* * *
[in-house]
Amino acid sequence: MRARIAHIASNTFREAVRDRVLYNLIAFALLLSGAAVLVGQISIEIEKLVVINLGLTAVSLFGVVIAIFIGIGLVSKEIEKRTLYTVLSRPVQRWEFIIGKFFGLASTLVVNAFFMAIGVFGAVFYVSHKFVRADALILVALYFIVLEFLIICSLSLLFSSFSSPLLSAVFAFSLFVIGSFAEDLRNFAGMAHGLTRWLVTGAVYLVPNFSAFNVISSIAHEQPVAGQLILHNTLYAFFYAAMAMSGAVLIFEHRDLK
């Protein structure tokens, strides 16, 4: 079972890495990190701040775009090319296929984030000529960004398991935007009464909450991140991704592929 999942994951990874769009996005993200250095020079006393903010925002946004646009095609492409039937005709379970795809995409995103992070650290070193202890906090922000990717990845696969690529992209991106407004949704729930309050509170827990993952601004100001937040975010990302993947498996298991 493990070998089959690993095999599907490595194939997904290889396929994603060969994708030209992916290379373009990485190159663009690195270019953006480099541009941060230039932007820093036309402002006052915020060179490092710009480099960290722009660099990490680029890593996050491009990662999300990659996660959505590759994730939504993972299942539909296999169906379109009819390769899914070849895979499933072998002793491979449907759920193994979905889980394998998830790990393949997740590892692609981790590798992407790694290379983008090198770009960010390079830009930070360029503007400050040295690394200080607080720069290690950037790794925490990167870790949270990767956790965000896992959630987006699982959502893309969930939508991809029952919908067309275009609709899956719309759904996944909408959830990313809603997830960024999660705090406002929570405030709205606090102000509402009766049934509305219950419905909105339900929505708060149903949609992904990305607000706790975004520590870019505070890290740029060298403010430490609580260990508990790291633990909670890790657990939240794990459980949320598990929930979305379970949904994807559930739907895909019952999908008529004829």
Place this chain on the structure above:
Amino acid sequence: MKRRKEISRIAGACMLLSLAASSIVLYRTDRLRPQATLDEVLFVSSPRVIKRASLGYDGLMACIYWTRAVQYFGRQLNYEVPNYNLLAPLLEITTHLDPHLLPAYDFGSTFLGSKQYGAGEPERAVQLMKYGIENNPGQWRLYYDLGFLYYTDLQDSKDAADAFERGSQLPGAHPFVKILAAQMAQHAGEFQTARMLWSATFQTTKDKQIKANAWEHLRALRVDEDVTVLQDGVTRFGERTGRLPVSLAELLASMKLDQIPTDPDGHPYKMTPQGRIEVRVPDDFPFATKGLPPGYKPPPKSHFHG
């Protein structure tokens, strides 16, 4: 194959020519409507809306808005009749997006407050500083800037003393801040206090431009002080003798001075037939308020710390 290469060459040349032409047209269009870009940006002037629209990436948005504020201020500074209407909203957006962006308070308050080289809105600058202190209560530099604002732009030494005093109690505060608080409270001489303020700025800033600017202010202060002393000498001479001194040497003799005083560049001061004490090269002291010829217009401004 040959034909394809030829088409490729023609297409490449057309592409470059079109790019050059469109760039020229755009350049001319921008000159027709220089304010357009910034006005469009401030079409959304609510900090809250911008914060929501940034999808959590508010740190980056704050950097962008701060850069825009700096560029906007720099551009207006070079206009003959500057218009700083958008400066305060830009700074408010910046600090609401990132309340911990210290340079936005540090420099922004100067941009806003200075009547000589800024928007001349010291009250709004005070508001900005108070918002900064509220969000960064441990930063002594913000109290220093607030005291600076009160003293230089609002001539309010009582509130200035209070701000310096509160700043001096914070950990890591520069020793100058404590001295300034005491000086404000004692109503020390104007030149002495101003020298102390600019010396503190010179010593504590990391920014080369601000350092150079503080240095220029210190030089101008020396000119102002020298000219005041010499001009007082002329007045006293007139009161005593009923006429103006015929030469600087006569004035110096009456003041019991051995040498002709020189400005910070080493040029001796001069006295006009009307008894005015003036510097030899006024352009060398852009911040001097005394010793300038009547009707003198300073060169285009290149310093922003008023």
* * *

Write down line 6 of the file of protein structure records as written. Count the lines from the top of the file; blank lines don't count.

């Protein structure tokens, strides 16, 4: 194959020519409507809306808005009749997006407050500083800037003393801040206090431009002080003798001075037939308020710390 290469060459040349032409047209269009870009940006002037629209990436948005504020201020500074209407909203957006962006308070308050080289809105600058202190209560530099604002732009030494005093109690505060608080409270001489303020700025800033600017202010202060002393000498001479001194040497003799005083560049001061004490090269002291010829217009401004 040959034909394809030829088409490729023609297409490449057309592409470059079109790019050059469109760039020229755009350049001319921008000159027709220089304010357009910034006005469009401030079409959304609510900090809250911008914060929501940034999808959590508010740190980056704050950097962008701060850069825009700096560029906007720099551009207006070079206009003959500057218009700083958008400066305060830009700074408010910046600090609401990132309340911990210290340079936005540090420099922004100067941009806003200075009547000589800024928007001349010291009250709004005070508001900005108070918002900064509220969000960064441990930063002594913000109290220093607030005291600076009160003293230089609002001539309010009582509130200035209070701000310096509160700043001096914070950990890591520069020793100058404590001295300034005491000086404000004692109503020390104007030149002495101003020298102390600019010396503190010179010593504590990391920014080369601000350092150079503080240095220029210190030089101008020396000119102002020298000219005041010499001009007082002329007045006293007139009161005593009923006429103006015929030469600087006569004035110096009456003041019991051995040498002709020189400005910070080493040029001796001069006295006009009307008894005015003036510097030899006024352009060398852009911040001097005394010793300038009547009707003198300073060169285009290149310093922003008023």